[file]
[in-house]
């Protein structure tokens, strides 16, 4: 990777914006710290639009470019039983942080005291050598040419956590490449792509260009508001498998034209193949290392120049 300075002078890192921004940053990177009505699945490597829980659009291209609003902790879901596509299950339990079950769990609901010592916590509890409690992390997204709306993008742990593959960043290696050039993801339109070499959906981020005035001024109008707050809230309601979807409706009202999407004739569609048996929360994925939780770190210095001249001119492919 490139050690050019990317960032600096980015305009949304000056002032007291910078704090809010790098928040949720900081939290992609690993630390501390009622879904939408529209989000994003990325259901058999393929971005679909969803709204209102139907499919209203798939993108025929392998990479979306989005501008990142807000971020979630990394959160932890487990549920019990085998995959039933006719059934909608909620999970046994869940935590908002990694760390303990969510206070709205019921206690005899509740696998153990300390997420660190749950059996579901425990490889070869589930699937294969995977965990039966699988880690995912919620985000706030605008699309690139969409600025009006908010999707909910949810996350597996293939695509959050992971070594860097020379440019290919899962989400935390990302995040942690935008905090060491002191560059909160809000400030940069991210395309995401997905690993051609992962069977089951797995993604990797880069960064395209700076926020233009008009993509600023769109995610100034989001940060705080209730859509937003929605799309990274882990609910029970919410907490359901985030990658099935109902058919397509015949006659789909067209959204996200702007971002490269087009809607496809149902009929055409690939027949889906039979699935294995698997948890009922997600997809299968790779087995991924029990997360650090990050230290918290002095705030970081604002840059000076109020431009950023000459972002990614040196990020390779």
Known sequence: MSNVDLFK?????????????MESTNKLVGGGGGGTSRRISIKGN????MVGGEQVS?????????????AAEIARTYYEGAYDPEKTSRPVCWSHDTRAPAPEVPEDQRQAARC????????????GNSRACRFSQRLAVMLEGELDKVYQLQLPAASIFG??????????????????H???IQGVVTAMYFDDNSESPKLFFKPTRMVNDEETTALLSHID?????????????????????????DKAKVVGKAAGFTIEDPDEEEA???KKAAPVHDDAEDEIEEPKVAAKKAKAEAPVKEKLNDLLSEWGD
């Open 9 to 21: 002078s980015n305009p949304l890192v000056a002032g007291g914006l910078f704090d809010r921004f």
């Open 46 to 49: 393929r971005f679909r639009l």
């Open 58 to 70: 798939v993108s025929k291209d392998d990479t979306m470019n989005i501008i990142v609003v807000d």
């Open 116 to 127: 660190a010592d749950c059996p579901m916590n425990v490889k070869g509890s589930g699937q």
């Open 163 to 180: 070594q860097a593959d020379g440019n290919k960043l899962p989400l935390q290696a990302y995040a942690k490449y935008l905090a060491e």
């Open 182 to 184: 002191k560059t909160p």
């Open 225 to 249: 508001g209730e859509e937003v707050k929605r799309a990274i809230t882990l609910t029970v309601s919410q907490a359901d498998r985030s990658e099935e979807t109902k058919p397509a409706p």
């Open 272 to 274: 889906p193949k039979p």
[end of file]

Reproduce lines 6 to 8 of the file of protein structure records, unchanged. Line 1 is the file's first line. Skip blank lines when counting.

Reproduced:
């Open 58 to 70: 798939v993108s025929k291209d392998d990479t979306m470019n989005i501008i990142v609003v807000d």
């Open 116 to 127: 660190a010592d749950c059996p579901m916590n425990v490889k070869g509890s589930g699937q």
């Open 163 to 180: 070594q860097a593959d020379g440019n290919k960043l899962p989400l935390q290696a990302y995040a942690k490449y935008l905090a060491e």